Wednesday, February 17, 2010

The Pete Morin Editorial Review--Issue #41

People & their Government

I don't believe there has been a more influential individual on my attitude towards government and freedom than Mark Levin.

The Mark Levin radio show is chock full of essential information for those concerned about the direction our government has taken with respect to personal freedom and the rule of law. An acute understanding of the founding of the nation and its great Constitution are an absolute must if we are to preserve our freedoms, not only for today, but in the future as well. Every evening Mark drives home the idea of the civil society and how imperative it is that we respect the limits imposed upon our government as expressed in the Constitution. If we would over-ride these limits, then what limits should be placed on government; where should the new line be drawn as to what a government can do to its citizens?

The Constitution is often referred to as "living document" by those who wish to bring its meaning to a more modern interpretation. By doing so, legislative and judicial activists hope to redefine man's relationship with the Constitution. In a sense they hope to redefine the document in a subjective light. In truth, nothing could have been further from the aims of the founders. The document they hoped to forge was intended to be an objective one; its narrow aim being to clarify what a government's enumerated powers were with respect to the citizenry and the relationship of the citizen with his government. All other powers would be retained by the states or the people respectively.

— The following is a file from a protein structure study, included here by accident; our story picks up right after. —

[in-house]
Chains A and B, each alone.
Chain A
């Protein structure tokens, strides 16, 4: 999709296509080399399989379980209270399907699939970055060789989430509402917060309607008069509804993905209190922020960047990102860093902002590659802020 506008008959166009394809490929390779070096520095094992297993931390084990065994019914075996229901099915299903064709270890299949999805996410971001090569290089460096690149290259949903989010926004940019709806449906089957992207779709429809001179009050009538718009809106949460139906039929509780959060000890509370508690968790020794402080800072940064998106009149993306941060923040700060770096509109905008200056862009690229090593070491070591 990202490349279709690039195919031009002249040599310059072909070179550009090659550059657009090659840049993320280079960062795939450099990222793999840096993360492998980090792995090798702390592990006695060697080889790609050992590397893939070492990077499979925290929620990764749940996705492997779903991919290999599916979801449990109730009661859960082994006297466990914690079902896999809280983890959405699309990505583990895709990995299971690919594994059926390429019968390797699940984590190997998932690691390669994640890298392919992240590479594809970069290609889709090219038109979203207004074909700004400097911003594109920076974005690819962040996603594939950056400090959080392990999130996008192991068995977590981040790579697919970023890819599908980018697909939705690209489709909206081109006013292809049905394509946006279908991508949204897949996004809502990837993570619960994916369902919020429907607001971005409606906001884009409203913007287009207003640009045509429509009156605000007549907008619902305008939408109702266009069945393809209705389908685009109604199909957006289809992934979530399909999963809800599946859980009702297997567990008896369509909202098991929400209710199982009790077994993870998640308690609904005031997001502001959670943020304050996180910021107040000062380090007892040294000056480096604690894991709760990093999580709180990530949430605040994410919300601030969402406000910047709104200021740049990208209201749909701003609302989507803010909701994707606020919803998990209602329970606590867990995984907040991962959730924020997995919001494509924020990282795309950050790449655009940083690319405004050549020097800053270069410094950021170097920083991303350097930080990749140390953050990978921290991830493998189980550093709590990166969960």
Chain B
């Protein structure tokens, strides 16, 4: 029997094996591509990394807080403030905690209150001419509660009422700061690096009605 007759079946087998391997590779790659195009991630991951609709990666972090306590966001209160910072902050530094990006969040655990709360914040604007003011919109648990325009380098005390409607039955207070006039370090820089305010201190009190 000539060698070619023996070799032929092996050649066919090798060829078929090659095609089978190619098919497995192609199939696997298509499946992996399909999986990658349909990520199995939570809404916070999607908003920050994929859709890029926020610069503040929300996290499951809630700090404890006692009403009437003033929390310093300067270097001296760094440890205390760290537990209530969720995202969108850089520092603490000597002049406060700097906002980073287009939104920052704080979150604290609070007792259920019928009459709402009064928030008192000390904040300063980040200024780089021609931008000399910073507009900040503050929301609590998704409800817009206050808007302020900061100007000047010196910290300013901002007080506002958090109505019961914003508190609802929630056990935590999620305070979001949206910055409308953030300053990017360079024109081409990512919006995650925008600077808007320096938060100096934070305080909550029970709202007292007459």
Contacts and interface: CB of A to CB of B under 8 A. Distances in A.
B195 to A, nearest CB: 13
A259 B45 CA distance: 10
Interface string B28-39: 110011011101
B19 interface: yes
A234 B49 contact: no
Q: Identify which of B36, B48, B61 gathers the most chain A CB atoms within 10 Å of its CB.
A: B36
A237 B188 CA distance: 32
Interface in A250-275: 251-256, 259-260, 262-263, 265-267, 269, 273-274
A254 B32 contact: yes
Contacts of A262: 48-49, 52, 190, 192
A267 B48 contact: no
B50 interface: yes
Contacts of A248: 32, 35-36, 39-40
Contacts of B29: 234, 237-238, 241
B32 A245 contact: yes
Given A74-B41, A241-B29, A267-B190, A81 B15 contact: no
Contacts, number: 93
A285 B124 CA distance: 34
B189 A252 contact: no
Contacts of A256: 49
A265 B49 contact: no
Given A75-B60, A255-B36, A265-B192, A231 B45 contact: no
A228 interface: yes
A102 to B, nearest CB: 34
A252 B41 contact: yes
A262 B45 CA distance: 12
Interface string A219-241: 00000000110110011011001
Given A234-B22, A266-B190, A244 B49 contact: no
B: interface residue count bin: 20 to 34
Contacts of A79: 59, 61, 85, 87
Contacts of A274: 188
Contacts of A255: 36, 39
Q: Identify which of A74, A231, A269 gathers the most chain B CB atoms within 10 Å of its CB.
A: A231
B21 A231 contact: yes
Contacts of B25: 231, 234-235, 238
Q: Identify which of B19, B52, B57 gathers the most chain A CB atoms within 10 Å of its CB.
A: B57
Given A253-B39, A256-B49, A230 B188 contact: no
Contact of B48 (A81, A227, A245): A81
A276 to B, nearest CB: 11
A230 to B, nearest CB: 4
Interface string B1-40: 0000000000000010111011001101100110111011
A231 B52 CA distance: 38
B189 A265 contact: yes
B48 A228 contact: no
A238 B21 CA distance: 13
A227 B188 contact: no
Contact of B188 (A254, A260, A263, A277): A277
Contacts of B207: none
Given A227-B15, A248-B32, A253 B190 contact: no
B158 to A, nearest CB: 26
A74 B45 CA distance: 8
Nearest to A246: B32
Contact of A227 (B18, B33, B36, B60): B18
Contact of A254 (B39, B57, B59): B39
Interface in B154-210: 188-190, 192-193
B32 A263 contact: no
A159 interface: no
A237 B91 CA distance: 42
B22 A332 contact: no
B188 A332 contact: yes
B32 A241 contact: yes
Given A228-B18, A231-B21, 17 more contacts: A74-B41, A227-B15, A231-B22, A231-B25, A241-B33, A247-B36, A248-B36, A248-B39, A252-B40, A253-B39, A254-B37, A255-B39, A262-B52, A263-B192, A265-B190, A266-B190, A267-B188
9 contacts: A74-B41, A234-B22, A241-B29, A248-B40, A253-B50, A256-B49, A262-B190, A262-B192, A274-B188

Today, however, we live in a country where respect for limited power has no meaning. The current Congress has attempted to pass legislation that completely disregards, or tramples on, states rights. Their reason for trying to pass any legislation seems to come from the necessary and proper clause of the Constitution. Such a belief, however, is completely unfounded. The Necessary and Proper Clause refers to those powers granted to the Federal Government and enumerated, as such, within the document itself; not to any new found power. The framers intended for any new power to be enacted through the amendment process and not by legislative diktat.

So, if you want a true understanding of the value and greatness of our founding document, I suggest you listen to Mark Levin. He, better than anyone, can give you insight into its timeless attributes. Our Nation's very existence will depend on whether or not we understand its meaning and bear true faith and allegiance to it.

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